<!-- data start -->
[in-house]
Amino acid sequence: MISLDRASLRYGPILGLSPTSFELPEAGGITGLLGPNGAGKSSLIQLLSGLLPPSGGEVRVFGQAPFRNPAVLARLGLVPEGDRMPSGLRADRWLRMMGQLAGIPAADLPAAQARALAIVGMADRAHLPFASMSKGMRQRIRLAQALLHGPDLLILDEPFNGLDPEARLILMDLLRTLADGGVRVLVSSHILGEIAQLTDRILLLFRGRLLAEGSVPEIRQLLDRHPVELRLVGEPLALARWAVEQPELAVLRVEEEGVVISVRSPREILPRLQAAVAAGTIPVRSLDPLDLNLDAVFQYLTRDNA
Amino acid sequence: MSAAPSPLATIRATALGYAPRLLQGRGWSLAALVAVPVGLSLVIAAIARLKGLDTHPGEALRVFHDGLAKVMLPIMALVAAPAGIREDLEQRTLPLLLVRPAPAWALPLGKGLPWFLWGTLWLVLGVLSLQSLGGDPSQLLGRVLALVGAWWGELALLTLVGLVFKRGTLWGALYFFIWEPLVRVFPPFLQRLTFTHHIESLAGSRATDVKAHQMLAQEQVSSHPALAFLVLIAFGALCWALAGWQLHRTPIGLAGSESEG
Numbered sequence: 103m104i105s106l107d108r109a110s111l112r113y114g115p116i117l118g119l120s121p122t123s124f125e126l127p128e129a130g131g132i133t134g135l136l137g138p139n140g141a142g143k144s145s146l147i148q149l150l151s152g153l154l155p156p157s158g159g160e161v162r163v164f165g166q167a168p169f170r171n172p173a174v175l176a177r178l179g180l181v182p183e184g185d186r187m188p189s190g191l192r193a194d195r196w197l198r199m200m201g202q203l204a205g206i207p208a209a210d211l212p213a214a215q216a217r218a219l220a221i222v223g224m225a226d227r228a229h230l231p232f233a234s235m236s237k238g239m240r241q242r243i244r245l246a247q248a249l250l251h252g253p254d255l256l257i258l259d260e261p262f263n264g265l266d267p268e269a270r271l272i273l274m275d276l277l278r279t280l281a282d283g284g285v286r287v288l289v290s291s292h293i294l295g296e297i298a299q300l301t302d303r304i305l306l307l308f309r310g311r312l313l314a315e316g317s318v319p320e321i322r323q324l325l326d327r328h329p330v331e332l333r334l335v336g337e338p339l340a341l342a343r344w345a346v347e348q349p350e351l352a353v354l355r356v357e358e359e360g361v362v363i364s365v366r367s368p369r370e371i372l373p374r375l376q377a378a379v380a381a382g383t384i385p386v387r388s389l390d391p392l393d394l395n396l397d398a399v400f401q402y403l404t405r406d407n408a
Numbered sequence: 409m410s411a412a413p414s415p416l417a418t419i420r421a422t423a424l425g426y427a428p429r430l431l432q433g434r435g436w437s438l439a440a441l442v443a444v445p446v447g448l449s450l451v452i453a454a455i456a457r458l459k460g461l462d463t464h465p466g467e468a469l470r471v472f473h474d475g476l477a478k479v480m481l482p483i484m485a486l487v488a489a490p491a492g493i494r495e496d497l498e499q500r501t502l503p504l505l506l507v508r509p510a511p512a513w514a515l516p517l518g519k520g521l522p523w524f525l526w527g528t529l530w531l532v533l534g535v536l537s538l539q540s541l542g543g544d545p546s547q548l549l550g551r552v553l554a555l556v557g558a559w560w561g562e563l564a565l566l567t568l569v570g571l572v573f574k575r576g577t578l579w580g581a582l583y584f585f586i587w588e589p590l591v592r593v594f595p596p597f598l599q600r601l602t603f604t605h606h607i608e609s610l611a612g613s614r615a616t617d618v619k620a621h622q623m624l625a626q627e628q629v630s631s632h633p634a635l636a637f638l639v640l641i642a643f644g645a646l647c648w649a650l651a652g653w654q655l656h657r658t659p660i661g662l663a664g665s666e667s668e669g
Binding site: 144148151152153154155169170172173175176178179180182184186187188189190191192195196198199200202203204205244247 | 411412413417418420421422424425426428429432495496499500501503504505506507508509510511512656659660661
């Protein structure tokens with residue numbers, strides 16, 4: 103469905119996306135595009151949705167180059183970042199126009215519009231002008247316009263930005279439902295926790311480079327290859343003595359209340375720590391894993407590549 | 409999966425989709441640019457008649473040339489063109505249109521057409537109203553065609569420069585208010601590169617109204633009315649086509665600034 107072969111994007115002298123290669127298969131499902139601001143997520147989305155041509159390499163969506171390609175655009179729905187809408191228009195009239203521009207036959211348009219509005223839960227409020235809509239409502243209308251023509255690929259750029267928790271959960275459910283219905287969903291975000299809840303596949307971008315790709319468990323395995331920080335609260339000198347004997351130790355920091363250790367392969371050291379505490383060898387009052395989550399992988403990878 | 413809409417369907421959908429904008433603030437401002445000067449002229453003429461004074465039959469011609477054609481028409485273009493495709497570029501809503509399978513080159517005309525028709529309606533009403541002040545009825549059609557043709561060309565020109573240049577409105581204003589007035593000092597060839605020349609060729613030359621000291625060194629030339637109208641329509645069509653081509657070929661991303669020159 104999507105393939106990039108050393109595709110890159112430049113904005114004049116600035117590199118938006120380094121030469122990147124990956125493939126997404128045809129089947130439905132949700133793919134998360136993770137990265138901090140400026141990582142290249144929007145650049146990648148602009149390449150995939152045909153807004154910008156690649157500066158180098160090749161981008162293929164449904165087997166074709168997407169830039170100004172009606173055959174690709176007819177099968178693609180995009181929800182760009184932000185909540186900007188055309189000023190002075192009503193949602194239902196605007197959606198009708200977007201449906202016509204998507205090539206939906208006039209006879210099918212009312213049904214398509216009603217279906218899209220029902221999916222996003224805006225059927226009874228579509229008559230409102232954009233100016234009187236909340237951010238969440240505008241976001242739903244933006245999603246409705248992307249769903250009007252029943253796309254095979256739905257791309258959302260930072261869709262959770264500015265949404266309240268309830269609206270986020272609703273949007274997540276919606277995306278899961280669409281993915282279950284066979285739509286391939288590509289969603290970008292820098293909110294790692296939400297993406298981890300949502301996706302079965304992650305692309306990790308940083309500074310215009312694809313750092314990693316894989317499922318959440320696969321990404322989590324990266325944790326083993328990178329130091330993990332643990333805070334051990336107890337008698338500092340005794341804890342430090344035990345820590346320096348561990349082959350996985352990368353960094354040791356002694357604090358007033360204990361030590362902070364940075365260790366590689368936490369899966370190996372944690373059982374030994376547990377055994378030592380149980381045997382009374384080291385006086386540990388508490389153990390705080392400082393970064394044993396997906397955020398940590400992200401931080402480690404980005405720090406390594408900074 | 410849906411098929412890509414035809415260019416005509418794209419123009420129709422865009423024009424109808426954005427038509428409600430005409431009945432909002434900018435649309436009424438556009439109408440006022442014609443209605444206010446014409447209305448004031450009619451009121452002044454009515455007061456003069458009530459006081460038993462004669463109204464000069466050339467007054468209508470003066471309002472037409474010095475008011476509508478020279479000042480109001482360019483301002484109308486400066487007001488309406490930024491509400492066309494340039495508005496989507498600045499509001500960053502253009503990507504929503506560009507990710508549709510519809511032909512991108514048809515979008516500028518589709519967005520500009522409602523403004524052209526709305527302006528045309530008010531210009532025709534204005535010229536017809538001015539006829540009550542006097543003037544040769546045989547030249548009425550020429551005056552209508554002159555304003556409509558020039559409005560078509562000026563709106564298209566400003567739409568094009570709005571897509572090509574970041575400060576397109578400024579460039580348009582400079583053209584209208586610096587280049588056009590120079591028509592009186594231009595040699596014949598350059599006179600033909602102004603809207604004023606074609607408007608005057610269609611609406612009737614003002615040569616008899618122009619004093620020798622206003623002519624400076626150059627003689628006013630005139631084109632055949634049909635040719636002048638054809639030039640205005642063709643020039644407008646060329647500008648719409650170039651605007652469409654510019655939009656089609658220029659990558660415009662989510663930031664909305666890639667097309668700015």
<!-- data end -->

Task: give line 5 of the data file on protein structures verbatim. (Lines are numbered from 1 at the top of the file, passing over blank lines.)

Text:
Numbered sequence: 409m410s411a412a413p414s415p416l417a418t419i420r421a422t423a424l425g426y427a428p429r430l431l432q433g434r435g436w437s438l439a440a441l442v443a444v445p446v447g448l449s450l451v452i453a454a455i456a457r458l459k460g461l462d463t464h465p466g467e468a469l470r471v472f473h474d475g476l477a478k479v480m481l482p483i484m485a486l487v488a489a490p491a492g493i494r495e496d497l498e499q500r501t502l503p504l505l506l507v508r509p510a511p512a513w514a515l516p517l518g519k520g521l522p523w524f525l526w527g528t529l530w531l532v533l534g535v536l537s538l539q540s541l542g543g544d545p546s547q548l549l550g551r552v553l554a555l556v557g558a559w560w561g562e563l564a565l566l567t568l569v570g571l572v573f574k575r576g577t578l579w580g581a582l583y584f585f586i587w588e589p590l591v592r593v594f595p596p597f598l599q600r601l602t603f604t605h606h607i608e609s610l611a612g613s614r615a616t617d618v619k620a621h622q623m624l625a626q627e628q629v630s631s632h633p634a635l636a637f638l639v640l641i642a643f644g645a646l647c648w649a650l651a652g653w654q655l656h657r658t659p660i661g662l663a664g665s666e667s668e669g